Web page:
Paul Duan wants to change the way we think about data

Posted by on August 08, 2014. sat down with Paul Duan, the 22-year-old data scientist and founder of Bayes Impact. Paul gave us the inside scoop on his plans to revolutionize the public sector and change the way we think about data.

Paul-cover-FINAL.png What is Bayes Impact?

Paul: We are a non-profit that deploys teams of data scientists to work with civic and non-profit organizations to create data-driven solutions to tough social problems. So, can you explain what “data-driven solutions” means?

Paul: There are all of these big problems that nobody is really tackling. I used to be a data scientist at Eventbrite and I was working on fraud detection. If you have a better algorithm that can reduce fraud by 5-10% -- that’s good, and you can save your company millions of dollars. But what if you could use the same kind of techniques to achieve similar improvements when the metric isn’t a company’s bottom line, but human lives? A good example is emergency responders. If you could use an algorithm to predict where an emergency will be, you can get emergency responders to the emergency faster. Right now, if you had a heart attack and called a Lyft, the Lyft will probably get to you faster than the ambulance.

Obviously these are not directly comparable situations, but the bottom line is that Lyft can predict demand and use this information to help optimize their dispatch system. Similarly, predicting where emergencies are more likely to happen can help us reduce response times for emergency responders. This is a clear example of where the tech industry has developed a solution that can be applied to the public sector. Can you give us more examples of what you do?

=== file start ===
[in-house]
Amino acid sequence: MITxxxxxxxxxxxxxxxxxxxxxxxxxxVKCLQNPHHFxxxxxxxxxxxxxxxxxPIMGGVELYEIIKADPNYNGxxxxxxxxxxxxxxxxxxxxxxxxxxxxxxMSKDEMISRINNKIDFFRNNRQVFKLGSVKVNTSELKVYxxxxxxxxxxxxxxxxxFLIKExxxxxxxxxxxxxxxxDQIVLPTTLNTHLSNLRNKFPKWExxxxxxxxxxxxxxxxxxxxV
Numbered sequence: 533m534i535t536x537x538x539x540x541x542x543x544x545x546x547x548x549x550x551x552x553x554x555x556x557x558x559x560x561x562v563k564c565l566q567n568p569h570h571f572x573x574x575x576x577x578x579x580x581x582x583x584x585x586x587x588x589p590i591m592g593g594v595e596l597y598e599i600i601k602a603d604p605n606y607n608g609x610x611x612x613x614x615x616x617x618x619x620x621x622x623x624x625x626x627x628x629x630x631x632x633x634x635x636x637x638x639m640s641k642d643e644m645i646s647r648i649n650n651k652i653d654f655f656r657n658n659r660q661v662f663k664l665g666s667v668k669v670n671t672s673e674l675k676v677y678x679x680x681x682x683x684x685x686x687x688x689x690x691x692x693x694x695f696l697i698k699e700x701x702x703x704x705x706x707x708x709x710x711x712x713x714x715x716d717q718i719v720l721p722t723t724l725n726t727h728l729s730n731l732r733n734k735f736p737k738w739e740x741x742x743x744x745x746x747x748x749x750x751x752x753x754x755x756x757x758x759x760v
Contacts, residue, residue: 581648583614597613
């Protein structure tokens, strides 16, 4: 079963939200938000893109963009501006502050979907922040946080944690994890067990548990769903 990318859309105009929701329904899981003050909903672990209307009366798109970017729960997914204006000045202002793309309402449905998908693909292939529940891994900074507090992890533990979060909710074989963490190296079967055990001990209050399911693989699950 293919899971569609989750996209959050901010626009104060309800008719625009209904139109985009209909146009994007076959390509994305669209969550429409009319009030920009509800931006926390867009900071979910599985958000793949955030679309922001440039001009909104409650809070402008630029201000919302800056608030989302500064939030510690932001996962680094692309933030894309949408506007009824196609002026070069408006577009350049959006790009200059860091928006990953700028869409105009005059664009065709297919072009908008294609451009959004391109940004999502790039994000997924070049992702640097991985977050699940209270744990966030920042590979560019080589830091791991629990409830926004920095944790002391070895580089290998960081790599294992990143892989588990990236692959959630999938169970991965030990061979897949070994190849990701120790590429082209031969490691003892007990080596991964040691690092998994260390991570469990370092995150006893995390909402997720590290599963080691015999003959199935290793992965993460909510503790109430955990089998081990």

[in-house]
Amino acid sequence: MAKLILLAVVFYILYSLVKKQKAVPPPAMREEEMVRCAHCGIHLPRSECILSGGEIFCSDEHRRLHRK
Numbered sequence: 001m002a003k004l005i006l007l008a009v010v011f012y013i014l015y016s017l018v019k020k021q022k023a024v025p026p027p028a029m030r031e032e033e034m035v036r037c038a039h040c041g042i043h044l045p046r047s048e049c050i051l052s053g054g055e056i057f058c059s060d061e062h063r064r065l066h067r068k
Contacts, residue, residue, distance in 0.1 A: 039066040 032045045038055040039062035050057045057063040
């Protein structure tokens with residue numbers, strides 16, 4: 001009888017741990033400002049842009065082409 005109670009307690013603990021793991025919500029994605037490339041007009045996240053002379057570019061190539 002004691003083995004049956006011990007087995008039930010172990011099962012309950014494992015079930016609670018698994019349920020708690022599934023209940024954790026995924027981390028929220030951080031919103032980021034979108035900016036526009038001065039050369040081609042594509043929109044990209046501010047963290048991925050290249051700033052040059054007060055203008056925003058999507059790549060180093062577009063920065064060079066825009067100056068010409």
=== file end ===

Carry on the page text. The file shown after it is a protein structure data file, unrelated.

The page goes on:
Paul: Sure. Consider the example of organ transplants: In the U.S. there are currently more than 100,000 people waiting for an organ, but people get added to the list about twice as fast as organs become available and the result is that about 20 people die on average every day because of the shortage of organs. But if we could better predict who are the most critical patients and which transplants are most likely to be successful, then we could allocate the few organs we do have in a fairer and more efficient way. You’re from France, originally. How did you get to the U.S.?

Paul: I came to study abroad at U.C. Berkeley on a J-1 visa [an exchange-student visa], but then I won a scholarship to be a visiting scholar instead, which meant I had to switch to an F-1 visa [a student visa]. This seemed like an insignificant change at the time, but when I finished my year at Berkeley and wanted to go work in the tech industry, I learned the hard way that the F-1 visa actually has different restrictions than the J-1 in terms of work eligibility. That was my first brush with immigration. Next, I had a company offer me a job and to sponsor an H-1B visa [a foreign worker visa], but unfortunately I got the offer right after the H-1B visa cap was reached. So, I was prepared to stay and work in the United States, and suddenly I had to leave everything and go back to France.